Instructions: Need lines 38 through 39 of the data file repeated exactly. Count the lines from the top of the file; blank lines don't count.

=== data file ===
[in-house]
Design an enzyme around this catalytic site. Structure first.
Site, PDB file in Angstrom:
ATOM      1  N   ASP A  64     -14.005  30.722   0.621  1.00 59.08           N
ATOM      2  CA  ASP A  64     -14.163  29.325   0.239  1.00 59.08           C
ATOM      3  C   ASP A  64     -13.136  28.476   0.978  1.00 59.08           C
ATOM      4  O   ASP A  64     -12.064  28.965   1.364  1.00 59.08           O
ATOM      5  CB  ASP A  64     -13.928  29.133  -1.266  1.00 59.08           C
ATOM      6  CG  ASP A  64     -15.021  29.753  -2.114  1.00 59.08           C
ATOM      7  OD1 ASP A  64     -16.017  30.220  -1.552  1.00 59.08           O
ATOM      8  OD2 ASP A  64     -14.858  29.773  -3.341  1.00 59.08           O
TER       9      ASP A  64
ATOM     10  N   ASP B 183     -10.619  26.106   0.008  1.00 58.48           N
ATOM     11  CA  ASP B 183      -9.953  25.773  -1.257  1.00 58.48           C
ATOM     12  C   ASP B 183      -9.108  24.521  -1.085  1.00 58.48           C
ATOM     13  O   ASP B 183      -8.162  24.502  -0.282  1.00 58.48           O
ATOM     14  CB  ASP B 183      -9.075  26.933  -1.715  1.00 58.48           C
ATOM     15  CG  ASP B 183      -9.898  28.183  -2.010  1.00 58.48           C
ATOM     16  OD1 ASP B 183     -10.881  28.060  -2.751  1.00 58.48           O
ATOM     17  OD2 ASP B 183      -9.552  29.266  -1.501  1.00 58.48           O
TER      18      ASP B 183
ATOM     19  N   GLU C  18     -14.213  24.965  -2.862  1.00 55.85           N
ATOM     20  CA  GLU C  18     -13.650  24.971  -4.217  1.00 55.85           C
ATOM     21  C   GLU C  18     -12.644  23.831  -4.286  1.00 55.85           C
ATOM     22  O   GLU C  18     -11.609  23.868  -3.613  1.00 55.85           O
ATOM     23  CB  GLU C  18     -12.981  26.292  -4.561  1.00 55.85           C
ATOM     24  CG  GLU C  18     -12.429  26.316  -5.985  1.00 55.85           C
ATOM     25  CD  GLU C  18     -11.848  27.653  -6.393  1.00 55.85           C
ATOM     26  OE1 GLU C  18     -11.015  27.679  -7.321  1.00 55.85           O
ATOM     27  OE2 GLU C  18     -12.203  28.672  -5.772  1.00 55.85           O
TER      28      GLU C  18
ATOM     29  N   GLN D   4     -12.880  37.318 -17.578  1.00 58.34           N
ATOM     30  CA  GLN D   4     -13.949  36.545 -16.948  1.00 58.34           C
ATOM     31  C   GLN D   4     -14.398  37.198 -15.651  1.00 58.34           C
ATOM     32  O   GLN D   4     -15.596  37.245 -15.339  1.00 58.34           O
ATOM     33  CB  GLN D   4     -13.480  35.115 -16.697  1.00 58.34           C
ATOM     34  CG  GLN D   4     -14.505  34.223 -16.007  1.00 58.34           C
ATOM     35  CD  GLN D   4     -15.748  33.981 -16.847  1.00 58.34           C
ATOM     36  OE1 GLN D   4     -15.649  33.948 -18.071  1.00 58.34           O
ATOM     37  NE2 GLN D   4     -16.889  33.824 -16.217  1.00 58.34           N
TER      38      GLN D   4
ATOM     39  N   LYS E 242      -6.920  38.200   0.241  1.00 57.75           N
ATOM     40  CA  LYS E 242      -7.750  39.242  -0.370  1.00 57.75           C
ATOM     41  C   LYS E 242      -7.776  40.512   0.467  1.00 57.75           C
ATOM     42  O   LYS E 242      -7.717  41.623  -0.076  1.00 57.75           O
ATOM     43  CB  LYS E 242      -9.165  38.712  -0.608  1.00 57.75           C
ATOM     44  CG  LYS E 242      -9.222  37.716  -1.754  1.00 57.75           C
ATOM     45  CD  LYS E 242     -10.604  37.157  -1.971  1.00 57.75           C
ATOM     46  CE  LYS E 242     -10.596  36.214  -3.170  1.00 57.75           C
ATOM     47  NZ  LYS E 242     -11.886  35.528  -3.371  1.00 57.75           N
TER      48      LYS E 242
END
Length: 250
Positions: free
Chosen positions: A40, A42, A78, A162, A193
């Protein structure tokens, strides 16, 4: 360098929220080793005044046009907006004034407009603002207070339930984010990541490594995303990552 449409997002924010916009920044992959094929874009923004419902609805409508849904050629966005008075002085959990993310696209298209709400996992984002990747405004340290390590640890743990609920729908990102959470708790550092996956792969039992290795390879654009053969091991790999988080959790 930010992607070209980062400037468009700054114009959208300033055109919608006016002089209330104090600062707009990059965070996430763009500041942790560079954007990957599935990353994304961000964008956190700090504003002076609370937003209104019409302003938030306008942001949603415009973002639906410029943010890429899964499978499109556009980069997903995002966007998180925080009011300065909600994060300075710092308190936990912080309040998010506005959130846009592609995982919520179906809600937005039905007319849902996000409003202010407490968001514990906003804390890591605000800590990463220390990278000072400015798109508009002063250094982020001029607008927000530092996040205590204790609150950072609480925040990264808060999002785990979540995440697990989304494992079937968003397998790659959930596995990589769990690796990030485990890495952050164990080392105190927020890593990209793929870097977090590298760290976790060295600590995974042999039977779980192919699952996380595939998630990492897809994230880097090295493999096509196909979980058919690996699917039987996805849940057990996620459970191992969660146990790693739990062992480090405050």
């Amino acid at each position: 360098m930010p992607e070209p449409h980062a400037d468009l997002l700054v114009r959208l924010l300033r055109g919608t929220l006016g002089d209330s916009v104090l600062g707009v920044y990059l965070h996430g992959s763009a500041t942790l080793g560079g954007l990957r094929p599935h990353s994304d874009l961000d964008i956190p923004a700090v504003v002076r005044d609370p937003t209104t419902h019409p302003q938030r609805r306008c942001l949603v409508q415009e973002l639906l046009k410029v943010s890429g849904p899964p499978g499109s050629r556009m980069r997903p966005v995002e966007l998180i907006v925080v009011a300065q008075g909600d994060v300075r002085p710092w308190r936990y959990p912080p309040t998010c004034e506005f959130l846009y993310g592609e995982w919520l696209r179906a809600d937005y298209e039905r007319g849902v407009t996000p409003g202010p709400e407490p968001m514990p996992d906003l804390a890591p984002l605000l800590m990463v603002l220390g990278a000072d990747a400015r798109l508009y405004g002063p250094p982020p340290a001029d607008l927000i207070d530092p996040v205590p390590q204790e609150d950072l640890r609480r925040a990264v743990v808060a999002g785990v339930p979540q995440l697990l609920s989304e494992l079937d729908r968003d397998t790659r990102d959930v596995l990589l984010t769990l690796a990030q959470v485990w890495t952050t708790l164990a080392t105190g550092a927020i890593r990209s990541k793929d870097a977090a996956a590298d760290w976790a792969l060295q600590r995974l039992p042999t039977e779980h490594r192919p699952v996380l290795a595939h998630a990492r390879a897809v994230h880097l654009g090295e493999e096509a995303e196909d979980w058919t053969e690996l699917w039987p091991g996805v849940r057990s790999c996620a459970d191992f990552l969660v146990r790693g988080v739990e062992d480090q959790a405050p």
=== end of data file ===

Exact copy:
ATOM     35  CD  GLN D   4     -15.748  33.981 -16.847  1.00 58.34           C
ATOM     36  OE1 GLN D   4     -15.649  33.948 -18.071  1.00 58.34           O